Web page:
<P class=MsoNormal><A href="http://www.medscape.com/viewprogram/2224_pnt";>http://www.medscape.com/viewprogram/2224_pnt</A></P>
<P class=MsoNormal>&nbsp;<o:p></o:p></P>
<H4>Case Discussion</H4>
<P><U>Dr. Fass</U>: How often do you see in your practice gastroesophageal reflux disease (GERD)-related chronic cough? What are the possible causes for chronic cough?</P>
<P><U>Dr. Raghu</U>: When any individual presents with chronic cough, the usual situations in the absence of infectionary pneumonia one needs to entertain smoking-associated cough conditions such as respiratory bronchiolitis, associated interstitial disease, asthma and chronic bronchitis especially if the patient is a smoker.</P>
<P>If you eliminate chronic bronchitis, postnasal drip, and sinusitis-related problems, one has to entertain acid gastroesophageal reflux for unexplained chronic cough, whether they have symptoms suggestive of heartburn or not. A vast majority of these patients have physiological evidence of acid gastroesophageal reflux.</P>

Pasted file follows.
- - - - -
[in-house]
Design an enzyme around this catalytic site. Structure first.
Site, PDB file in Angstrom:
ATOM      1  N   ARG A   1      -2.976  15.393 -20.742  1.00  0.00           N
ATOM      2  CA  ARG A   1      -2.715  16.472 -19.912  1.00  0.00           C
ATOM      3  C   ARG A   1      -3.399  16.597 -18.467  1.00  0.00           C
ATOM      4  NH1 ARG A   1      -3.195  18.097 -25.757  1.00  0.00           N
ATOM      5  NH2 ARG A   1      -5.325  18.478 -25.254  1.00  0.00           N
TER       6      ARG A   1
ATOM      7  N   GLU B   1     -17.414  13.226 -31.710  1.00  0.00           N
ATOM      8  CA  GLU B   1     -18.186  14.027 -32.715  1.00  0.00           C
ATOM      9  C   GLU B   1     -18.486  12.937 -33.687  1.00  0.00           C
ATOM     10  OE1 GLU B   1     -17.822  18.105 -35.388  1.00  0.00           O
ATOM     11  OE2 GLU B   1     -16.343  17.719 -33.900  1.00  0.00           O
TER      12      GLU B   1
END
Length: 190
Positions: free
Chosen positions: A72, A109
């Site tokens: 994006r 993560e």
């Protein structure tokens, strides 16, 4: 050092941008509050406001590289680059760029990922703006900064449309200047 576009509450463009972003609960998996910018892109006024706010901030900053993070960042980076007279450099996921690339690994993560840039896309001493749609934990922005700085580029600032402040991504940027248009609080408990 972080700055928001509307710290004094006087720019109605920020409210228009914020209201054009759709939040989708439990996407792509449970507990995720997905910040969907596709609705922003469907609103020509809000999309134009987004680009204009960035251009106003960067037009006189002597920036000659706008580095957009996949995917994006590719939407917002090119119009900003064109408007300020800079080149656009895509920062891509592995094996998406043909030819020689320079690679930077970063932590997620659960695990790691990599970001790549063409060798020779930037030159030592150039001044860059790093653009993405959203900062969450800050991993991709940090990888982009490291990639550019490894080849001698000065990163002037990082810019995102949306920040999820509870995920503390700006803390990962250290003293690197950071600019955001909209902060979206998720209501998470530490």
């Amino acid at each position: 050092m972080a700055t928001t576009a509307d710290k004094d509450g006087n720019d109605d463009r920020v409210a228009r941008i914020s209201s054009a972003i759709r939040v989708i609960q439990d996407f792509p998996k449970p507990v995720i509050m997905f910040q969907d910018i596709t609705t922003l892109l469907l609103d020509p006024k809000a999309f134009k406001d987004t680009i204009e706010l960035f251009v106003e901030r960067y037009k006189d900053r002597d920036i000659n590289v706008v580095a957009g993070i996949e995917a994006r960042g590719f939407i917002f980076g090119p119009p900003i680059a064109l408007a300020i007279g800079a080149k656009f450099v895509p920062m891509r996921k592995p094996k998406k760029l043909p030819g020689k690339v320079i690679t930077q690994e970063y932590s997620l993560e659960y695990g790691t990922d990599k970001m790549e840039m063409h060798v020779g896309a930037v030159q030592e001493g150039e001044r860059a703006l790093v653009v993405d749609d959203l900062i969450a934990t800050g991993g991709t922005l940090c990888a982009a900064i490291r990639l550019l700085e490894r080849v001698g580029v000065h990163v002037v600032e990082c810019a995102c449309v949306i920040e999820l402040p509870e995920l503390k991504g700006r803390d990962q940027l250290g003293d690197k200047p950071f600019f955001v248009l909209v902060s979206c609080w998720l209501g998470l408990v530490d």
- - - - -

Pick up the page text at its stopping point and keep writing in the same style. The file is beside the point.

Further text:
<P>Approximately 30% of patients with unexplained cough, in at least my practice at the University of Washington Medical Center, which is a tertiary-based referral practice, happen to have gastroesophageal reflux when examined from a physiologic standpoint.</P>
<P style="TEXT-ALIGN: center" align=center>???????????</P>
<P><U>Dr. Fass</U>: I was also impressed with the high acid exposure that you recorded in the proximal esophagus of this patient. Is that something you commonly see in patients with pulmonary manifestations of GERD?</P>
<P><U>Dr. Raghu</U>: At the University of Washington Medical Center we have documented this carefully in prospective studies using 2-probe monitoring as well as quadruple probe monitoring.</P>